BY DEXTER IRVIN
UH-Hilo Athletic Director
Wow, can growing up be painful. In my imperfect opinion this applies to children, families, parents, teams, athletic departments and institutions of higher learning.
For many of us, once our children are grown, it does not mean we stop worrying about them, it just changes our perspective. However humbling, the growing up process can be extremely painful, most of the time very eventful, and almost always riddled with mistakes, tough lessons and wonderful successes.
Our current volleyball team is a beautiful case study. For many it would easy to give up on a team that was struggling to win. The same way some would give up on a teenager that was struggling to find their identity. Not everyone recognizes the value and potential of each individual on a team or in a family but I believe we have coaches at the University of Hawaii at Hilo that recognize and identify strengths, talent and character, and then begin to nurture those attributes. They are growing up and they are finding success; first in sections and now finally in the whole.
Some would give up on potential, and many have, but not here. I am so impressed with the nature and nurture of our staff. I am also impressed with the loyal fans that have shown up to watch the growth of these fantastic young people and their resilient coaches. Struggles and losses can build character and success if the leadership and pathways are well defined, and the plan for success is clear.
For many of us the choices are not as complicated as some would make them out to be, and hence the solutions are rarely out of our reach. The solutions to success are not painless, as exhibited by some of our teams. But because the path in athletics can be so clearly defined, and we have quality individuals, if we stay the course and pay our dues, success is inevitable.
Of course, not everyone’s path is so clearly marked. Watching people make choices that you consider to be mistakes can be painful and the ripple effect of consequences for everyone in the family, or team, provides for some unwanted drama. But with the proper teaching the drama does not have to be destructive.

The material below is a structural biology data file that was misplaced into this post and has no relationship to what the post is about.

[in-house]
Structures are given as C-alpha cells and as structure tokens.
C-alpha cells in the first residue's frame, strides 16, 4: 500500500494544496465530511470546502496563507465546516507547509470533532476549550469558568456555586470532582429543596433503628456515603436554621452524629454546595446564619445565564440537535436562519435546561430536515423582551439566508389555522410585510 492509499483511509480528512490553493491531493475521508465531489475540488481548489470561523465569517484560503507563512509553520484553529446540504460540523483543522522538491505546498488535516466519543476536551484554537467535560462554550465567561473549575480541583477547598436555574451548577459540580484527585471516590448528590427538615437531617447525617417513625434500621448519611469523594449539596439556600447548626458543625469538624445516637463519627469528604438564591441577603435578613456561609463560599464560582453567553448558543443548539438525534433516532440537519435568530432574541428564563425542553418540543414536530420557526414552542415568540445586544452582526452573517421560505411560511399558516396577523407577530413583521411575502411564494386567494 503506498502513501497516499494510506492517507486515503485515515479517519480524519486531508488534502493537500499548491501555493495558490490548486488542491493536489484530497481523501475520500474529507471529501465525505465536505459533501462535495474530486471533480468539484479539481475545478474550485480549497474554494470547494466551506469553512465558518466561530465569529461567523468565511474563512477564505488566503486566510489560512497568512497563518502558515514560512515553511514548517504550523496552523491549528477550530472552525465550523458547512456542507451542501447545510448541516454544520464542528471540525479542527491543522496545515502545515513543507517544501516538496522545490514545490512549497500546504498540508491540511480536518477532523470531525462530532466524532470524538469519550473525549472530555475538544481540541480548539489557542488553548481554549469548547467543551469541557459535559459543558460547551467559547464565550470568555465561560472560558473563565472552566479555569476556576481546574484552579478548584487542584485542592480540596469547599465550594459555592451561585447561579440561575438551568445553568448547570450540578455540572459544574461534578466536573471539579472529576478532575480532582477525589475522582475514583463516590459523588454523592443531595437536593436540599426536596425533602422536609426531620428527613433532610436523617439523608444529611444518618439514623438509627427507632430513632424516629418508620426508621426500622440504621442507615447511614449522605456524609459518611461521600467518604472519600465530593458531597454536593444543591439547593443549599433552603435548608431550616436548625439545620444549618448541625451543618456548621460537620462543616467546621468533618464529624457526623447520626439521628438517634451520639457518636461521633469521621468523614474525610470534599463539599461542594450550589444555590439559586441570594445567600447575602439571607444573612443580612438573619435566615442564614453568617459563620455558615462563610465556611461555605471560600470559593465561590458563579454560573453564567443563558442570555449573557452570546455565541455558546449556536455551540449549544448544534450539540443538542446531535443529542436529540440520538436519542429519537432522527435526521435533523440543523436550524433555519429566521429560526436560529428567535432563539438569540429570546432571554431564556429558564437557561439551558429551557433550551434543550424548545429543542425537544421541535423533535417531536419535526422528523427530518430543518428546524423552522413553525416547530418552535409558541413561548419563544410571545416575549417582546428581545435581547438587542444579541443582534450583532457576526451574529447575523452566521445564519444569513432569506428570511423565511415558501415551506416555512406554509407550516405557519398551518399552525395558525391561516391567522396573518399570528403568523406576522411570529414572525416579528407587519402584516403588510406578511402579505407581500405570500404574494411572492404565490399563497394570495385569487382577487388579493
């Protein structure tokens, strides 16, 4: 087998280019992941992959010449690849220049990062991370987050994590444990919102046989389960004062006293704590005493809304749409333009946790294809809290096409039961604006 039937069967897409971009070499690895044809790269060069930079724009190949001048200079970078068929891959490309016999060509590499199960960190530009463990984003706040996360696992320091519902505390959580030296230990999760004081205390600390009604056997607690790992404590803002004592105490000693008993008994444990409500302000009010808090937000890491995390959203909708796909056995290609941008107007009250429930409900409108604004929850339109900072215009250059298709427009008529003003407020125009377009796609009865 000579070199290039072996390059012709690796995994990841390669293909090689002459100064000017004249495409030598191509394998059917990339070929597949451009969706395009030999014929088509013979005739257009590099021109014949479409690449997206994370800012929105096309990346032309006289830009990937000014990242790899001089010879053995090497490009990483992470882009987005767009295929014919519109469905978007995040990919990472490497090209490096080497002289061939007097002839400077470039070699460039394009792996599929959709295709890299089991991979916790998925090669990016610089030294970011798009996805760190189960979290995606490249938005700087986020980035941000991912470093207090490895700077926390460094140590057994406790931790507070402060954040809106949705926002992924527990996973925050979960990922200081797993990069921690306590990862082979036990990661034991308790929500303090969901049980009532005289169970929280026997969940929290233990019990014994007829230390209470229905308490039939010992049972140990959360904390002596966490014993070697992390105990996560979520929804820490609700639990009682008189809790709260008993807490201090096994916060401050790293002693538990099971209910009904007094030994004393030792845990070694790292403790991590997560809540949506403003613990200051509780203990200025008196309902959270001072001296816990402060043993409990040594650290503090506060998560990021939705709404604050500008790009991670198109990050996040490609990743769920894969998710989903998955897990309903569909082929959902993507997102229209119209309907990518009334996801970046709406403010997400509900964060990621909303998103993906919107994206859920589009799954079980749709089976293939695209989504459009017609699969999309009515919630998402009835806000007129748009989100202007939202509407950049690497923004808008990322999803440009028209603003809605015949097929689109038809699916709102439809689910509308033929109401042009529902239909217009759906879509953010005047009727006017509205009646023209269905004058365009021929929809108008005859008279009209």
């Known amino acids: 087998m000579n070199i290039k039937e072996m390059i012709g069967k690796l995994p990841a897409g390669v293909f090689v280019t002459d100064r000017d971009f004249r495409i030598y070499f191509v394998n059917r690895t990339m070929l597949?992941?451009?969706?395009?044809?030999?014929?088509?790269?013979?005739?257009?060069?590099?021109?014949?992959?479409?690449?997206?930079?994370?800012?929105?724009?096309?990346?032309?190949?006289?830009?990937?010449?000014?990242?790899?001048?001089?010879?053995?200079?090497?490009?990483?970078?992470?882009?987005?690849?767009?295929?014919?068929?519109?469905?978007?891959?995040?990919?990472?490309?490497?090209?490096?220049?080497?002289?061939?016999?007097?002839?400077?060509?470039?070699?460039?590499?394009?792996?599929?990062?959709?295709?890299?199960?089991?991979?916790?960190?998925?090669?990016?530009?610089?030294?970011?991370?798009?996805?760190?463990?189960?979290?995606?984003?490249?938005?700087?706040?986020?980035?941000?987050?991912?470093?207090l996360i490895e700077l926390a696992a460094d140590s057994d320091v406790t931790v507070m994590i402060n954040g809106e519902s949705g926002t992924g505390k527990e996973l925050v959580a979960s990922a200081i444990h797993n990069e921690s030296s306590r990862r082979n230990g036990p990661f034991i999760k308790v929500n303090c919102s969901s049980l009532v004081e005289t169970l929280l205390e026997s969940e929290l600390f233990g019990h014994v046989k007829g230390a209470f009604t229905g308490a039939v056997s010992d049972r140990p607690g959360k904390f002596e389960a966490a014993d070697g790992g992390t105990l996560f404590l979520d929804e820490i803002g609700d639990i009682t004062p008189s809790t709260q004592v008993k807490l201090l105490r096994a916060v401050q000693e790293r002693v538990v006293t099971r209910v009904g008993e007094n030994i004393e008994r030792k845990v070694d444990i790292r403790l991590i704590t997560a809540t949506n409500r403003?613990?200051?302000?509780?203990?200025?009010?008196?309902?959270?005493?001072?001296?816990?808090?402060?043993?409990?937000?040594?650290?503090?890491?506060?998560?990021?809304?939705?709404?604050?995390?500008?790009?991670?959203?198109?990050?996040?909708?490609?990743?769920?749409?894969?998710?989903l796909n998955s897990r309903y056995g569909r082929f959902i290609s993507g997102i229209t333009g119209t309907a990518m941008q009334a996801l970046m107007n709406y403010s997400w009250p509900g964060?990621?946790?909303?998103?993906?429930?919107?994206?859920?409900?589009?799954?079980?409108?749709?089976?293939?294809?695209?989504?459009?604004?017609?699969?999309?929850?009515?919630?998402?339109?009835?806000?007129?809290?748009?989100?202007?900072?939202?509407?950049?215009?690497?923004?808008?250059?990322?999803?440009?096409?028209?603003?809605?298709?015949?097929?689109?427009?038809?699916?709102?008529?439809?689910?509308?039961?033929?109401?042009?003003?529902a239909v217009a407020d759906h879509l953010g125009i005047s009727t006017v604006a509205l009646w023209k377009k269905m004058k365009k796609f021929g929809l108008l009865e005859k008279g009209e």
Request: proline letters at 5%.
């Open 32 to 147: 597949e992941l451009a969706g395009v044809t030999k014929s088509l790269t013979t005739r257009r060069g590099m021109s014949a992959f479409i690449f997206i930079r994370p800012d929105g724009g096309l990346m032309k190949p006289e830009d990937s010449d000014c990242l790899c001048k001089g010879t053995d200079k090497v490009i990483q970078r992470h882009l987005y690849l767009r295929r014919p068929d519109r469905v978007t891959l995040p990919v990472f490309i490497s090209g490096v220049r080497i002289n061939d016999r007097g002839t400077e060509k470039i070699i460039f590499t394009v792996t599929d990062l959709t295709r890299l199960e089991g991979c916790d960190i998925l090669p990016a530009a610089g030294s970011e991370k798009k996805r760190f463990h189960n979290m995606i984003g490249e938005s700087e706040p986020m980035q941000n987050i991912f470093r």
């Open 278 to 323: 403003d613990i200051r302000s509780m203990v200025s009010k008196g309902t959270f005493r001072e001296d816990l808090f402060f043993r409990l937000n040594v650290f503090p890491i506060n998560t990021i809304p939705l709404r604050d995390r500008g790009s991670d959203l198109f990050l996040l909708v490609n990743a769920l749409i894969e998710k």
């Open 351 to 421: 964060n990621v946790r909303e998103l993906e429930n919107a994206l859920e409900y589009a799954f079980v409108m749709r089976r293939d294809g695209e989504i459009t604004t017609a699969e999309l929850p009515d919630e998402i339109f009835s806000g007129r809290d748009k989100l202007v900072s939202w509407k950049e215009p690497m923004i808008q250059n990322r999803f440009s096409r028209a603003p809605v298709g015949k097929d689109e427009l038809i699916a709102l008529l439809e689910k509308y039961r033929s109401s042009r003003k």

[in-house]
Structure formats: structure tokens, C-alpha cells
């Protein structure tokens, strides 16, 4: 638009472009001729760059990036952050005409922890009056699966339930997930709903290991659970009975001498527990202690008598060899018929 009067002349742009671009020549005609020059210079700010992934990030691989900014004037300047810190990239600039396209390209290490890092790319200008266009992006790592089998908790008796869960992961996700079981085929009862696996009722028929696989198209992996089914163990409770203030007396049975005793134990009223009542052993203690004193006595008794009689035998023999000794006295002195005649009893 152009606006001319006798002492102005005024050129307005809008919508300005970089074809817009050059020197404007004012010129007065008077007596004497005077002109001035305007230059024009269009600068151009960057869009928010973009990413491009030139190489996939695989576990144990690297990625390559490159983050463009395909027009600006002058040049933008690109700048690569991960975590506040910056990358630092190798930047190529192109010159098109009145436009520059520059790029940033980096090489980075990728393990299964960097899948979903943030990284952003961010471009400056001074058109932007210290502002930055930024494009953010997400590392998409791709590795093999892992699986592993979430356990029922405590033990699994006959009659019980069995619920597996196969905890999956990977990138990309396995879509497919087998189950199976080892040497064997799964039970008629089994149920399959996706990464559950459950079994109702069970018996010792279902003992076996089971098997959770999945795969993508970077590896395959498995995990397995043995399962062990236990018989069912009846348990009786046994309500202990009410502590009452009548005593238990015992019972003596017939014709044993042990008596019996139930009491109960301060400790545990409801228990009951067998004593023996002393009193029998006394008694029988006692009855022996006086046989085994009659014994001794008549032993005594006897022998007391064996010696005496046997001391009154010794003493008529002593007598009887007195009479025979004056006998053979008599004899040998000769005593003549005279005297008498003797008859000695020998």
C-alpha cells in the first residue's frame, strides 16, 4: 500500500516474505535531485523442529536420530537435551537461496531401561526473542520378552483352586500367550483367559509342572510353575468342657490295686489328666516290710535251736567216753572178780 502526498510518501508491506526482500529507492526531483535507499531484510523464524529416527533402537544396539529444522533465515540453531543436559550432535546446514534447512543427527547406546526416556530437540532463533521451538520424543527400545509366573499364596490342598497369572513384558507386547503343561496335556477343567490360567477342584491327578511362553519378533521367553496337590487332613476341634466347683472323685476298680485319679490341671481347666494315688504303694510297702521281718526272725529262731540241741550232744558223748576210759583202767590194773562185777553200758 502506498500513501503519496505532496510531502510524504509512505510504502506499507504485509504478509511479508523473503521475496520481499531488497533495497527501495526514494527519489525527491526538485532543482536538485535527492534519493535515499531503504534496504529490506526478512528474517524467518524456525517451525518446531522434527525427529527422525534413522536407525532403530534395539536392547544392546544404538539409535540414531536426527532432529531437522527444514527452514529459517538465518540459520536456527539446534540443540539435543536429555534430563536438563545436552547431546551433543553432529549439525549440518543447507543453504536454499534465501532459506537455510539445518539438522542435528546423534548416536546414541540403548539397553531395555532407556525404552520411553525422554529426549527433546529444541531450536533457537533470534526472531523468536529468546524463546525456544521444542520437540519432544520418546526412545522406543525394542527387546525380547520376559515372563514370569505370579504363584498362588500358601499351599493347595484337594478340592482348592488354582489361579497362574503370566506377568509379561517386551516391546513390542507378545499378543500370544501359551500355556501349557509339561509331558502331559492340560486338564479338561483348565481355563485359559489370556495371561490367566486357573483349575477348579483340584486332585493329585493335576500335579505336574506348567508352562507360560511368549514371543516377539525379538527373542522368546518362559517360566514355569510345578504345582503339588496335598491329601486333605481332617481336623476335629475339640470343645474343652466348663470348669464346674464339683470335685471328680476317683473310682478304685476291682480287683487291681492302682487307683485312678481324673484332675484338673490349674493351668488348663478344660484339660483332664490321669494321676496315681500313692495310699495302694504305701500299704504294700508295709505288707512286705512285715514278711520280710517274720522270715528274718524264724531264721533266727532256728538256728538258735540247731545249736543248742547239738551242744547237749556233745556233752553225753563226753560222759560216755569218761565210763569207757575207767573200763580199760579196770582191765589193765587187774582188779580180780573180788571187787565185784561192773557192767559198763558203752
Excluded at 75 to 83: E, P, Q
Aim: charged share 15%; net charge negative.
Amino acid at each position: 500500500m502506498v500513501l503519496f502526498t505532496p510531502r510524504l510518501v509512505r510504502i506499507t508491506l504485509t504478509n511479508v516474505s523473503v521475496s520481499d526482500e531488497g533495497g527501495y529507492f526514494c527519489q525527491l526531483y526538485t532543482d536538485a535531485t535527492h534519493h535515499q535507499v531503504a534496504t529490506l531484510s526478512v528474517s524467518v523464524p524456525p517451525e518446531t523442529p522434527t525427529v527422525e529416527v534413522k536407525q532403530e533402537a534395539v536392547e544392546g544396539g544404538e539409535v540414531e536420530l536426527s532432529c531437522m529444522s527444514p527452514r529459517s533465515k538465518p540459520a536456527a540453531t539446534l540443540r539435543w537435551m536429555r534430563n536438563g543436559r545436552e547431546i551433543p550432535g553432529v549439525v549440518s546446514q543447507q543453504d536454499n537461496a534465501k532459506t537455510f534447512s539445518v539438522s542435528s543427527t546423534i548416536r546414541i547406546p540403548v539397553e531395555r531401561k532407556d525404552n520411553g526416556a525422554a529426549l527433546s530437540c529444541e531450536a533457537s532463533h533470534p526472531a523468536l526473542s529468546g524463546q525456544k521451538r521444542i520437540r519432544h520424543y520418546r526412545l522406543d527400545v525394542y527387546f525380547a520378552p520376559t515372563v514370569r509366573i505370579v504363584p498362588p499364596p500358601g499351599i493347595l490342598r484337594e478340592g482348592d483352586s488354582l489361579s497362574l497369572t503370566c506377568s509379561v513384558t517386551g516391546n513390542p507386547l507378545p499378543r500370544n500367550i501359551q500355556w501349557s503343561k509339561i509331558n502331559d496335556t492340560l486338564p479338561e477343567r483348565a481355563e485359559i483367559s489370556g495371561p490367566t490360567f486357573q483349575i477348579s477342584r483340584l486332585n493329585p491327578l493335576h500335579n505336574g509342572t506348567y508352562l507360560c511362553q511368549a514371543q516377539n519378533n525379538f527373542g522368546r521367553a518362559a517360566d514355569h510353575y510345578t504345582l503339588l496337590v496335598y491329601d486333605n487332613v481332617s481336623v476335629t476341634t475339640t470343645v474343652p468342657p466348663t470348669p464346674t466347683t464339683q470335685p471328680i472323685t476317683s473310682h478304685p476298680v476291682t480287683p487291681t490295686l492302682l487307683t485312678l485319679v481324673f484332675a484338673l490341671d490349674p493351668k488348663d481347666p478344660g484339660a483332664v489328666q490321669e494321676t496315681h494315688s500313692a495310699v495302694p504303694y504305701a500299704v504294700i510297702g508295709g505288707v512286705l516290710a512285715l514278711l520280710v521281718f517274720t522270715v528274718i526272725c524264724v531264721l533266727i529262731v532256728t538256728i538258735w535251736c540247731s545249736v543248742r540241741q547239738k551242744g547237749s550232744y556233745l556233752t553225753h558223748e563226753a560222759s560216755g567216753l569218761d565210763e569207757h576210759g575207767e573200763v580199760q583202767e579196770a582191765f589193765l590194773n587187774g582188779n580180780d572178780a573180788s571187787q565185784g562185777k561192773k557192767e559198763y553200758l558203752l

In our personal and professional infancy, as well as our adolescence, it is important that we use our educational experiences to make mistakes, take some calculated risk, and learn from our errors. The protective pragmatic and emotional cocoon offered by a good athletic experience makes life’s transition much more productive, enticing, and successful. How to lose with grace, how to win with humility, and the ability to make concrete decisions are part of the maturing process.
Coaches, like players and parents are often in various stages of “growing up.” As I have gotten older I recognize how very little I really know, and how ignorant I was as a young coach and parent. Fortunately, I have forgiving children that are showing no permanent damage as a result of their upbringing. (Ok, maybe one child)
As we sometimes struggle with life it is important that we look to be part of a solution, not the problem, to push ourselves beyond what we think we are capable, enthusiastically and radically support our teams, schools and children, and treat each other with aloha and respect.